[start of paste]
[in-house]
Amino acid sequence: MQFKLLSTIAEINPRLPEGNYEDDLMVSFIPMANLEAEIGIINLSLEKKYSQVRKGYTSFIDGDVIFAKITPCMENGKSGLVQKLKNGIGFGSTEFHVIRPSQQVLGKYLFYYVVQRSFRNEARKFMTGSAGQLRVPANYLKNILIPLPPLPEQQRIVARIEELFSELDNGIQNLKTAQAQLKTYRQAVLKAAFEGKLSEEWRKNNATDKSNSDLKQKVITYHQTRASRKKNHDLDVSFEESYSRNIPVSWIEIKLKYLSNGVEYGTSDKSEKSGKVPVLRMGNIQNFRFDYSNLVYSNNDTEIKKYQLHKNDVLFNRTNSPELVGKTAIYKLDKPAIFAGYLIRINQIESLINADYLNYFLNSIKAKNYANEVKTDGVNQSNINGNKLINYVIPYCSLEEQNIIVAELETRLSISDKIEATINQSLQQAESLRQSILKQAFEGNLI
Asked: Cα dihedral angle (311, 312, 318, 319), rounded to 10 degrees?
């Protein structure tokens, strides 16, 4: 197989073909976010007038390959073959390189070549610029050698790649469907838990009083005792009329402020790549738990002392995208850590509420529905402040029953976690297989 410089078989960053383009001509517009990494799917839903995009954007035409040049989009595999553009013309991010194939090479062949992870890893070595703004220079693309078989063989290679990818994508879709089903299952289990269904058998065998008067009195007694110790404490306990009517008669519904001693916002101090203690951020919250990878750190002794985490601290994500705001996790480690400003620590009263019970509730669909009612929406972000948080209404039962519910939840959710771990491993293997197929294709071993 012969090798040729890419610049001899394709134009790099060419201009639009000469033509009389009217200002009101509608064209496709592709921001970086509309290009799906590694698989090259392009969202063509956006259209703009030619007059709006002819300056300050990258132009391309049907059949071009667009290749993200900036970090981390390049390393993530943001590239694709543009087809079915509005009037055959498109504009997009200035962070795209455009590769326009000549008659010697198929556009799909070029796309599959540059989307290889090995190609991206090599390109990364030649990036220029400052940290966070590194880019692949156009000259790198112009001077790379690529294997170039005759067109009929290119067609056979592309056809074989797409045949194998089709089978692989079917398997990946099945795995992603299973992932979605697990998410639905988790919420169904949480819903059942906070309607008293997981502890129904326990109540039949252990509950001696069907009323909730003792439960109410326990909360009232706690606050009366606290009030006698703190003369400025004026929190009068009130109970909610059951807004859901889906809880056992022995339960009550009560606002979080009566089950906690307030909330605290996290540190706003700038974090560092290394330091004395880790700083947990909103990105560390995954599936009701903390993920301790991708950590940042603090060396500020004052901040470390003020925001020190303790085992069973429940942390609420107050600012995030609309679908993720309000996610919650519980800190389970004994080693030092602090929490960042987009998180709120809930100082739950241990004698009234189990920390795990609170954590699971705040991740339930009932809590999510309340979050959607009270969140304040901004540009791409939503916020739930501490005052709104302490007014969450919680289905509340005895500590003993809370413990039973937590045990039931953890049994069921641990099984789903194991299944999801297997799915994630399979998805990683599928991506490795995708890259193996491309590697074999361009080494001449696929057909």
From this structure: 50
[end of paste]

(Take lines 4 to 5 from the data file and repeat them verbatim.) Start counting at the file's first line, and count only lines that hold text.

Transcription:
């Protein structure tokens, strides 16, 4: 197989073909976010007038390959073959390189070549610029050698790649469907838990009083005792009329402020790549738990002392995208850590509420529905402040029953976690297989 410089078989960053383009001509517009990494799917839903995009954007035409040049989009595999553009013309991010194939090479062949992870890893070595703004220079693309078989063989290679990818994508879709089903299952289990269904058998065998008067009195007694110790404490306990009517008669519904001693916002101090203690951020919250990878750190002794985490601290994500705001996790480690400003620590009263019970509730669909009612929406972000948080209404039962519910939840959710771990491993293997197929294709071993 012969090798040729890419610049001899394709134009790099060419201009639009000469033509009389009217200002009101509608064209496709592709921001970086509309290009799906590694698989090259392009969202063509956006259209703009030619007059709006002819300056300050990258132009391309049907059949071009667009290749993200900036970090981390390049390393993530943001590239694709543009087809079915509005009037055959498109504009997009200035962070795209455009590769326009000549008659010697198929556009799909070029796309599959540059989307290889090995190609991206090599390109990364030649990036220029400052940290966070590194880019692949156009000259790198112009001077790379690529294997170039005759067109009929290119067609056979592309056809074989797409045949194998089709089978692989079917398997990946099945795995992603299973992932979605697990998410639905988790919420169904949480819903059942906070309607008293997981502890129904326990109540039949252990509950001696069907009323909730003792439960109410326990909360009232706690606050009366606290009030006698703190003369400025004026929190009068009130109970909610059951807004859901889906809880056992022995339960009550009560606002979080009566089950906690307030909330605290996290540190706003700038974090560092290394330091004395880790700083947990909103990105560390995954599936009701903390993920301790991708950590940042603090060396500020004052901040470390003020925001020190303790085992069973429940942390609420107050600012995030609309679908993720309000996610919650519980800190389970004994080693030092602090929490960042987009998180709120809930100082739950241990004698009234189990920390795990609170954590699971705040991740339930009932809590999510309340979050959607009270969140304040901004540009791409939503916020739930501490005052709104302490007014969450919680289905509340005895500590003993809370413990039973937590045990039931953890049994069921641990099984789903194991299944999801297997799915994630399979998805990683599928991506490795995708890259193996491309590697074999361009080494001449696929057909």
From this structure: 50